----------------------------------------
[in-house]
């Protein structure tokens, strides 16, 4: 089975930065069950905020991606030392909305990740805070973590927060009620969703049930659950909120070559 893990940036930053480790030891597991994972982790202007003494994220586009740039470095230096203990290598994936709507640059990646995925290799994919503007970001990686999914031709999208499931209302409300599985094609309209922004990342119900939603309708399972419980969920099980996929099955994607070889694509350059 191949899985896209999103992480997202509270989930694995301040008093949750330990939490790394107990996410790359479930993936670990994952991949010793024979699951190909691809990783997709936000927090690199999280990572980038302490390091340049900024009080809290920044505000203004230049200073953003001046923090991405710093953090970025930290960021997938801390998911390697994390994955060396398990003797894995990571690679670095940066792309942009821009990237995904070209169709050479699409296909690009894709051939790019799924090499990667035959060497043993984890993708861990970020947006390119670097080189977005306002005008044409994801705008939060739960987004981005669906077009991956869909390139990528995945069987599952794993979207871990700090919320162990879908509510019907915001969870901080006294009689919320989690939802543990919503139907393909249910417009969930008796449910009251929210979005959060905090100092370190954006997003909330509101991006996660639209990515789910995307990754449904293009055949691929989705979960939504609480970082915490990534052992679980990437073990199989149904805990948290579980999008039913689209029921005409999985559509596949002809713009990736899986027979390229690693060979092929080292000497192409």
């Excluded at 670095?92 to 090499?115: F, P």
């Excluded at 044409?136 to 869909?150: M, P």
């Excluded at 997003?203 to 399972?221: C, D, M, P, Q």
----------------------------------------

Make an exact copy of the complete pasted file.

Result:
[in-house]
């Protein structure tokens, strides 16, 4: 089975930065069950905020991606030392909305990740805070973590927060009620969703049930659950909120070559 893990940036930053480790030891597991994972982790202007003494994220586009740039470095230096203990290598994936709507640059990646995925290799994919503007970001990686999914031709999208499931209302409300599985094609309209922004990342119900939603309708399972419980969920099980996929099955994607070889694509350059 191949899985896209999103992480997202509270989930694995301040008093949750330990939490790394107990996410790359479930993936670990994952991949010793024979699951190909691809990783997709936000927090690199999280990572980038302490390091340049900024009080809290920044505000203004230049200073953003001046923090991405710093953090970025930290960021997938801390998911390697994390994955060396398990003797894995990571690679670095940066792309942009821009990237995904070209169709050479699409296909690009894709051939790019799924090499990667035959060497043993984890993708861990970020947006390119670097080189977005306002005008044409994801705008939060739960987004981005669906077009991956869909390139990528995945069987599952794993979207871990700090919320162990879908509510019907915001969870901080006294009689919320989690939802543990919503139907393909249910417009969930008796449910009251929210979005959060905090100092370190954006997003909330509101991006996660639209990515789910995307990754449904293009055949691929989705979960939504609480970082915490990534052992679980990437073990199989149904805990948290579980999008039913689209029921005409999985559509596949002809713009990736899986027979390229690693060979092929080292000497192409």
């Excluded at 670095?92 to 090499?115: F, P």
């Excluded at 044409?136 to 869909?150: M, P």
């Excluded at 997003?203 to 399972?221: C, D, M, P, Q």